Advertisement

French Urbanism in North America

  • Ambe J. Njoh
Chapter

Abstract

France was among the first European powers to send explorers to the Americas in the 1500s. What began as exploratory missions designed to seek an optimal route to Asia, soon turned into a mission to colonize and create permanent settlements in the region. This chapter retraces the history of French presence in North America, particularly the region that came to be known as New France. In doing so, it shows how colonialism served as a conduit for transmitting French urbanism to this vast region. It also suggests that French colonialism was not the only conduit for transmitting French urbanism in early North America. The fact that parts of the region which never experienced French colonialism also boast elements of French urbanism is employed to bolster this position.

Keywords

Built space Colonial Canada Colonial Quebec French urbanism Montreal New Orleans Quebec City Spatial structure St. Lawrence River US hinterland Washington, DC 

References

  1. Ashcroft, B., Griffin, G., & Tiffin, H. (Eds.). (2003). Post-colonial studies: The key concepts. London: Routledge.Google Scholar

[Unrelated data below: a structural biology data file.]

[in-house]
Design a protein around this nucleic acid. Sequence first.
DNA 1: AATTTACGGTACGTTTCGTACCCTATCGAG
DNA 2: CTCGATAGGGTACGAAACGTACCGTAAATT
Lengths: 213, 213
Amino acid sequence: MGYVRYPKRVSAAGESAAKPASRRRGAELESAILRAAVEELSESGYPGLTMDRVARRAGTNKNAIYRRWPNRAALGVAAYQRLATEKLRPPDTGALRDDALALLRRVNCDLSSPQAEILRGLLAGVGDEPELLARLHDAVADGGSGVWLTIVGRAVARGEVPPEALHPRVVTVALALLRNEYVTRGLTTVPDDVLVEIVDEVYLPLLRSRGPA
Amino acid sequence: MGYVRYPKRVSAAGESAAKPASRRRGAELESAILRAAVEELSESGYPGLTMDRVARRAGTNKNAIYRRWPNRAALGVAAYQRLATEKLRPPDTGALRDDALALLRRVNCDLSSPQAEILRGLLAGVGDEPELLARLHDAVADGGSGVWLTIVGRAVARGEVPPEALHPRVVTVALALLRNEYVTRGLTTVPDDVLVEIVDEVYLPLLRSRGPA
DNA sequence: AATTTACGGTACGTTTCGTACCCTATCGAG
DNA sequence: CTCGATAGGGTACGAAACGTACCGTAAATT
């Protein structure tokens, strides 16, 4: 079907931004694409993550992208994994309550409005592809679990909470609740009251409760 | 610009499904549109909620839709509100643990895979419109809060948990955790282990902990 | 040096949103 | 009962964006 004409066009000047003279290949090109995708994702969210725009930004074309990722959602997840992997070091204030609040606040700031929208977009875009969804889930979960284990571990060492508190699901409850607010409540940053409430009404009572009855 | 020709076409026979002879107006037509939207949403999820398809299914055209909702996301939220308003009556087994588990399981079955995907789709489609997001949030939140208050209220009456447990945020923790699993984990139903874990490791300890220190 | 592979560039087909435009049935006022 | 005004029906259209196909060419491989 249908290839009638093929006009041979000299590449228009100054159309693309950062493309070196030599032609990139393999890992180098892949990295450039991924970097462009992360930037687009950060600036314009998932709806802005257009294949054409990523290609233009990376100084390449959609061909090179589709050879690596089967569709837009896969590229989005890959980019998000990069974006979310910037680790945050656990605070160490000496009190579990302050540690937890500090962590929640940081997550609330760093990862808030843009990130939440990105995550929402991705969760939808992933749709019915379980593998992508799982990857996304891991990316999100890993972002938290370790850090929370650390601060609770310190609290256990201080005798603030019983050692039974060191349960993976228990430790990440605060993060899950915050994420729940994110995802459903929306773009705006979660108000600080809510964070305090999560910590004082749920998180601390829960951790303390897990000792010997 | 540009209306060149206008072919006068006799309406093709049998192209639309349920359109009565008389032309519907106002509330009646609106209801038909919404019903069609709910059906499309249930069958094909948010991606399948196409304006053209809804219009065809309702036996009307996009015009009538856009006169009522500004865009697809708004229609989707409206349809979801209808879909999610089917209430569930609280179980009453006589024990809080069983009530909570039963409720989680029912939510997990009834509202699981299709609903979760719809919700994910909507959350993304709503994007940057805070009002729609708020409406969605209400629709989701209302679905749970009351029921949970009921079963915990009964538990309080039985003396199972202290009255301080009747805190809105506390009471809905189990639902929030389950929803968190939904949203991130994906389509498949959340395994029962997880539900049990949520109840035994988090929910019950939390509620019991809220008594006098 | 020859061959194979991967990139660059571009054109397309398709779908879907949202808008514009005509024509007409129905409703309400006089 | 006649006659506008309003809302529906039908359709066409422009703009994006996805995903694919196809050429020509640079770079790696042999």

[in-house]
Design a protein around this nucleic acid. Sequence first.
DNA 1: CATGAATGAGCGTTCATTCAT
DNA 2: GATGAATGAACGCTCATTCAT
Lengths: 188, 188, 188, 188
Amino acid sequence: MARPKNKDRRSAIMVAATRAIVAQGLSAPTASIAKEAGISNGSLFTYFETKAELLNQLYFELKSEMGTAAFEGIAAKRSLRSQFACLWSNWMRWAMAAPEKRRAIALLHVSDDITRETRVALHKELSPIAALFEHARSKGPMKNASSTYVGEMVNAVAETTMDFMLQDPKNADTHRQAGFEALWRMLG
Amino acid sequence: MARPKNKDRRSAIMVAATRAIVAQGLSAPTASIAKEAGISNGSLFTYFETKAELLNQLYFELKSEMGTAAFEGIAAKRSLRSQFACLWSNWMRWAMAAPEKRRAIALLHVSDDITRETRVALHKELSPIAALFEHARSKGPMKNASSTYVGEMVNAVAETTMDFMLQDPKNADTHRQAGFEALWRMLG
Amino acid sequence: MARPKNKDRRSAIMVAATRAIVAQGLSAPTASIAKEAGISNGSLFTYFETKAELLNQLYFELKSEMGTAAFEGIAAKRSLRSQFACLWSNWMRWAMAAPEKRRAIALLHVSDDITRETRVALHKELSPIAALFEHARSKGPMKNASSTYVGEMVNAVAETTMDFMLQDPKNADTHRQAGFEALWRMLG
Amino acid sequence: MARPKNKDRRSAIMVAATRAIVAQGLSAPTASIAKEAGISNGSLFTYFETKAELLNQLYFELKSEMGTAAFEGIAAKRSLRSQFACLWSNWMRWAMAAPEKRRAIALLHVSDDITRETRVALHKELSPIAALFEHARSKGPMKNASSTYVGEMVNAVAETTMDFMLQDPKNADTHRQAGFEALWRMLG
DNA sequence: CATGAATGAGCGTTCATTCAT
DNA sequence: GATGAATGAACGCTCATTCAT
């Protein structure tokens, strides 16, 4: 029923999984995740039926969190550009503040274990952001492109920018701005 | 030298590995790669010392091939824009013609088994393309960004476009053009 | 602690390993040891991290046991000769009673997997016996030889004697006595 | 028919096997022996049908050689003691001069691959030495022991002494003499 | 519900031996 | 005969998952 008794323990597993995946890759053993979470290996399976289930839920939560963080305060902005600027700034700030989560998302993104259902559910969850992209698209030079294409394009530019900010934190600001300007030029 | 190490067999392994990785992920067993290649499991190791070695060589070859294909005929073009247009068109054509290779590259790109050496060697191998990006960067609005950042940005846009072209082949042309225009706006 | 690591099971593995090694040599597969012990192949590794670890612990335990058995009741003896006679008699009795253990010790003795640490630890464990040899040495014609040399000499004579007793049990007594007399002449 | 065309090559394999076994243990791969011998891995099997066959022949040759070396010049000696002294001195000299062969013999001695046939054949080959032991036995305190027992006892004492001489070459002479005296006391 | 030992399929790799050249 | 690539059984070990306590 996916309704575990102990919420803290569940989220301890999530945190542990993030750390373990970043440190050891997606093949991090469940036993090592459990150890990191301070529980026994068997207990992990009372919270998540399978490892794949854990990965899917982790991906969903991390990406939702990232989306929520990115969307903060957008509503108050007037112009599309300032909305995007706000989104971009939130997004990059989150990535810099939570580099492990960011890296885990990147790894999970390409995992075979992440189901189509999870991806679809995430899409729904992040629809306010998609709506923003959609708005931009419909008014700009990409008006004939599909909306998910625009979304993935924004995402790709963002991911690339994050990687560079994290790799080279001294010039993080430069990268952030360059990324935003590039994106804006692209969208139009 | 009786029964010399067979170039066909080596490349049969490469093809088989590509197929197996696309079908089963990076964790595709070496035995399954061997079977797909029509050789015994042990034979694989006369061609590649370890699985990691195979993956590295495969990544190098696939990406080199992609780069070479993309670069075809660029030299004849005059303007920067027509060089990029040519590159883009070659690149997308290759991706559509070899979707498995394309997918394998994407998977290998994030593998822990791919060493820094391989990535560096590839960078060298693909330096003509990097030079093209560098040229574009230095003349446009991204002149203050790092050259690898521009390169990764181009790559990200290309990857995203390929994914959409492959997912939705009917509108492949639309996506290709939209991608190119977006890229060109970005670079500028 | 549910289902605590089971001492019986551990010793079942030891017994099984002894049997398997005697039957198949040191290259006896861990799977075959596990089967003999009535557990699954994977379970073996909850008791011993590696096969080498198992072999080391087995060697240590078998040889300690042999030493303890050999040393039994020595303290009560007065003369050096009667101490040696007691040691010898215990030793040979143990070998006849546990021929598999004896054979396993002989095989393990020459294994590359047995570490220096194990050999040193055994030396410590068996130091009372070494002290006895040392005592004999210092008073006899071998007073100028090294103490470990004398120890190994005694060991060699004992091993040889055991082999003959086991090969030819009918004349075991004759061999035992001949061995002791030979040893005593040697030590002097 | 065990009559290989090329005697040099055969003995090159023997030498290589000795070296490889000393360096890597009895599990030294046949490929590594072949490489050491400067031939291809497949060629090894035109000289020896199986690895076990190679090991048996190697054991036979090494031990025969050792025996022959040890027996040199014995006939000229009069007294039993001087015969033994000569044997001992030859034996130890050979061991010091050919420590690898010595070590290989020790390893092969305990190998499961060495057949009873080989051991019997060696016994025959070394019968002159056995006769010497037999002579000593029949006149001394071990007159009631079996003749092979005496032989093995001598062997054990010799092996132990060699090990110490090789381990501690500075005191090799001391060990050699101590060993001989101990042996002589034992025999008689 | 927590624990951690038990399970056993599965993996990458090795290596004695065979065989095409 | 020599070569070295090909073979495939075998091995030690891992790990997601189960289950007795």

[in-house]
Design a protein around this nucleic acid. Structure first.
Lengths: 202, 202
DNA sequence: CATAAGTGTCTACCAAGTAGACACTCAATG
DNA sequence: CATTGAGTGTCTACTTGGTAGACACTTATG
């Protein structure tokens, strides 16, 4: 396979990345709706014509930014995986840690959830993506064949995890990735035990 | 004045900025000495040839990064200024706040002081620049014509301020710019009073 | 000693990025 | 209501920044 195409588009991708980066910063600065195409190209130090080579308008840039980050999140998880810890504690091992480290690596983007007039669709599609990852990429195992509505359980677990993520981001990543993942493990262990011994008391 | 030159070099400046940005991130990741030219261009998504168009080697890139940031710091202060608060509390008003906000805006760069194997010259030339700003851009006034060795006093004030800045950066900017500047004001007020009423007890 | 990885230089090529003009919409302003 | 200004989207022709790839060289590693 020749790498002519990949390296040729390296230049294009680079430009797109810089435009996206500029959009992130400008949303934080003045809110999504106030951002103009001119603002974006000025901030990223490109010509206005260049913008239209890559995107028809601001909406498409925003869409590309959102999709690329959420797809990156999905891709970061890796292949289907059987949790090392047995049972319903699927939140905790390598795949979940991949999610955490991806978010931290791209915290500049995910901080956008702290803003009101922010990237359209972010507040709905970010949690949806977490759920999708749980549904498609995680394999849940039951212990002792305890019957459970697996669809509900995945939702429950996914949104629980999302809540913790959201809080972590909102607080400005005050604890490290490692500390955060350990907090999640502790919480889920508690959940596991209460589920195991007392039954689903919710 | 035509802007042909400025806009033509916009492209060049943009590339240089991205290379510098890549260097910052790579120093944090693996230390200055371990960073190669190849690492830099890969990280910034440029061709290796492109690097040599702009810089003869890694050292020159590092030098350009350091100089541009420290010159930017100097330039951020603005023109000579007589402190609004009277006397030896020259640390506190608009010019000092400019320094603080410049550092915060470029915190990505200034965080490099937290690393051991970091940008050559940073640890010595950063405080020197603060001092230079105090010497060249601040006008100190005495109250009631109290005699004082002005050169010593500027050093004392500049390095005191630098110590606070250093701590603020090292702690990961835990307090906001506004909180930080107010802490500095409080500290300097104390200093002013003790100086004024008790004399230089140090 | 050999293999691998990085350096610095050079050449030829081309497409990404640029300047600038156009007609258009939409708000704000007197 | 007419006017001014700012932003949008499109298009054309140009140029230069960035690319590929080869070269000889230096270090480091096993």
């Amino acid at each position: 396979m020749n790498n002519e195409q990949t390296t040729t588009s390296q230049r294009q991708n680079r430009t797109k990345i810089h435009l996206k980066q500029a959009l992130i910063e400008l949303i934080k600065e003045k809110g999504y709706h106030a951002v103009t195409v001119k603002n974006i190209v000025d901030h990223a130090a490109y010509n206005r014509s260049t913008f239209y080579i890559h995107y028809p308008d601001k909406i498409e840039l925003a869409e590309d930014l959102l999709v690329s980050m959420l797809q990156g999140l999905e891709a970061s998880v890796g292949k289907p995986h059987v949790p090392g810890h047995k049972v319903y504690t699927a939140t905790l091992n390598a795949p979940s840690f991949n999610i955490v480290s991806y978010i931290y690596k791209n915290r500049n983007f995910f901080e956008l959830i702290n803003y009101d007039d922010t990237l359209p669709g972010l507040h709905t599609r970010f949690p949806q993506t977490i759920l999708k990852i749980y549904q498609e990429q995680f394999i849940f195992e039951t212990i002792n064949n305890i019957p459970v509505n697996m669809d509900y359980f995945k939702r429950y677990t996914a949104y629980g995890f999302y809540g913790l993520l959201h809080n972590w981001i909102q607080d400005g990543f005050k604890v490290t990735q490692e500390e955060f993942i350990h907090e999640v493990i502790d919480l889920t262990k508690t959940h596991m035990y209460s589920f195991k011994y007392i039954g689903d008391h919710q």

2. Brunschwig, H. (1966). French colonialism, 1871–1914: Myths and realities. London: Pall Mall Press.Google Scholar
  3. Campanella, R. (2002). Time and place in New Orleans: Past geographies in the present day. Gretna: Pelican Publishing.Google Scholar
  4. Canadian Encyclopaedia. (Online). Architectural history: The French colonial regime. Located at: www.thecanadianencyclopaedia.com/articles/architectural-history-the-colonial-regime. Accessed 5 Oct 2013
  5. Choquette, L. (1995). Frenchmen into peasants: Modernity and tradition in the peopling of French North America. Proceedings of the American Antiquarian Society, 104, 27–48.Google Scholar
  6. Cooper, J. I. (1969). Montreal: A brief history. Montreal: McGill-Queen’s University Press.Google Scholar
  7. De Lancey, L. (1940). The French influence in New Orleans. The French Review, 13(6), 483–487.Google Scholar
  8. Ferley, P. (1999). The urban maps and plans of Joseph Bouchette, surveyor general of Lower Canada 1804–1841. Urban History Review, 27(2), 3–24.CrossRefGoogle Scholar
  9. Gale Encyclopedia. (Online). French Colonies: North America. http://www.answers.com/topic/north-america-7#ixzz2djBjK63X. Gale Encyclopedia of the Early Modern world. Accessed 2 Sept 2013.
  10. Gibbon, J. M. (1947). Our Old Montreal. Toronto: McClelland & Stewart.Google Scholar
  11. Grant III, U.S. (1948/1950). Planning the nation’s capital. Records of the Columbia Historical Society, 50, 43–58.Google Scholar
  12. Hinshelwood, N. M. (1903). Montreal and vicinity: Being a history of the old town. Montreal: Desbarats. Available online via openlibrary.com. Accessed 6 Oct 2013 at: http://openlibrary.org/books/OL7137552M/Montreal_and_vicinity
  13. Jacob, A., Macdonald, E., & Rofe, Y. (2002). The boulevard book: History, evolution, design of multiway boulevards. Cambridge: MIT Press.Google Scholar